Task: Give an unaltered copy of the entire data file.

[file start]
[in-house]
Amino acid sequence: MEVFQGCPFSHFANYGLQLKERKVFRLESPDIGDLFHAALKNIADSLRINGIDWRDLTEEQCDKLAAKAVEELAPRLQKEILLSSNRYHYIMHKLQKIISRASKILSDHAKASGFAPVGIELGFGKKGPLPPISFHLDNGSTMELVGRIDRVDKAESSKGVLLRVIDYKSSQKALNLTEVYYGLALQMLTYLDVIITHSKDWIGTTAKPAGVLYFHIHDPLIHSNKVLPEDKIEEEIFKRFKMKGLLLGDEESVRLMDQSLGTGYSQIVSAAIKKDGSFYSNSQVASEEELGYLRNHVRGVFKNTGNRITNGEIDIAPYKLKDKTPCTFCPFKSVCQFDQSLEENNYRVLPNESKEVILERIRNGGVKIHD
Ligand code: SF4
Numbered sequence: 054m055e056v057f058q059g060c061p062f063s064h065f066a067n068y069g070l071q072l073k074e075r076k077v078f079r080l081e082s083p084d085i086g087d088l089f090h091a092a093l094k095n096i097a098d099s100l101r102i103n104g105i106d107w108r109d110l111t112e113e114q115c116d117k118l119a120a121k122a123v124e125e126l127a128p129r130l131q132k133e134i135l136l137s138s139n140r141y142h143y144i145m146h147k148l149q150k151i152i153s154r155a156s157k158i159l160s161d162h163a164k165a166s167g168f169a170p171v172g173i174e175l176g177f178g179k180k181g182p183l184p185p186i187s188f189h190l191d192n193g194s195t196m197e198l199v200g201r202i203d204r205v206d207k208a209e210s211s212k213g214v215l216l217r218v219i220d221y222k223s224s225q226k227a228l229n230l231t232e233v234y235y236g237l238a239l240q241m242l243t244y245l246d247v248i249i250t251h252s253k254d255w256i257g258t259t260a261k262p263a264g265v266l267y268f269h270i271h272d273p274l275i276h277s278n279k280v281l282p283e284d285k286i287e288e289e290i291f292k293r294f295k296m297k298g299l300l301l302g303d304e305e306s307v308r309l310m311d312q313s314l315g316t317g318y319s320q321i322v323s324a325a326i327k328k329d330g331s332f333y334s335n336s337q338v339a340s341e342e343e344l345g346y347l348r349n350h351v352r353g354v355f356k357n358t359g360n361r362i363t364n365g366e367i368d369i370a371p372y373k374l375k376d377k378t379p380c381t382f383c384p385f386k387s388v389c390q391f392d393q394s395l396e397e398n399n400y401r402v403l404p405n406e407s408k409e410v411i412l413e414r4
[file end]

[in-house]
Amino acid sequence: MEVFQGCPFSHFANYGLQLKERKVFRLESPDIGDLFHAALKNIADSLRINGIDWRDLTEEQCDKLAAKAVEELAPRLQKEILLSSNRYHYIMHKLQKIISRASKILSDHAKASGFAPVGIELGFGKKGPLPPISFHLDNGSTMELVGRIDRVDKAESSKGVLLRVIDYKSSQKALNLTEVYYGLALQMLTYLDVIITHSKDWIGTTAKPAGVLYFHIHDPLIHSNKVLPEDKIEEEIFKRFKMKGLLLGDEESVRLMDQSLGTGYSQIVSAAIKKDGSFYSNSQVASEEELGYLRNHVRGVFKNTGNRITNGEIDIAPYKLKDKTPCTFCPFKSVCQFDQSLEENNYRVLPNESKEVILERIRNGGVKIHD
Ligand code: SF4
Numbered sequence: 054m055e056v057f058q059g060c061p062f063s064h065f066a067n068y069g070l071q072l073k074e075r076k077v078f079r080l081e082s083p084d085i086g087d088l089f090h091a092a093l094k095n096i097a098d099s100l101r102i103n104g105i106d107w108r109d110l111t112e113e114q115c116d117k118l119a120a121k122a123v124e125e126l127a128p129r130l131q132k133e134i135l136l137s138s139n140r141y142h143y144i145m146h147k148l149q150k151i152i153s154r155a156s157k158i159l160s161d162h163a164k165a166s167g168f169a170p171v172g173i174e175l176g177f178g179k180k181g182p183l184p185p186i187s188f189h190l191d192n193g194s195t196m197e198l199v200g201r202i203d204r205v206d207k208a209e210s211s212k213g214v215l216l217r218v219i220d221y222k223s224s225q226k227a228l229n230l231t232e233v234y235y236g237l238a239l240q241m242l243t244y245l246d247v248i249i250t251h252s253k254d255w256i257g258t259t260a261k262p263a264g265v266l267y268f269h270i271h272d273p274l275i276h277s278n279k280v281l282p283e284d285k286i287e288e289e290i291f292k293r294f295k296m297k298g299l300l301l302g303d304e305e306s307v308r309l310m311d312q313s314l315g316t317g318y319s320q321i322v323s324a325a326i327k328k329d330g331s332f333y334s335n336s337q338v339a340s341e342e343e344l345g346y347l348r349n350h351v352r353g354v355f356k357n358t359g360n361r362i363t364n365g366e367i368d369i370a371p372y373k374l375k376d377k378t379p380c381t382f383c384p385f386k387s388v389c390q391f392d393q394s395l396e397e398n399n400y401r402v403l404p405n406e407s408k409e410v411i412l413e414r4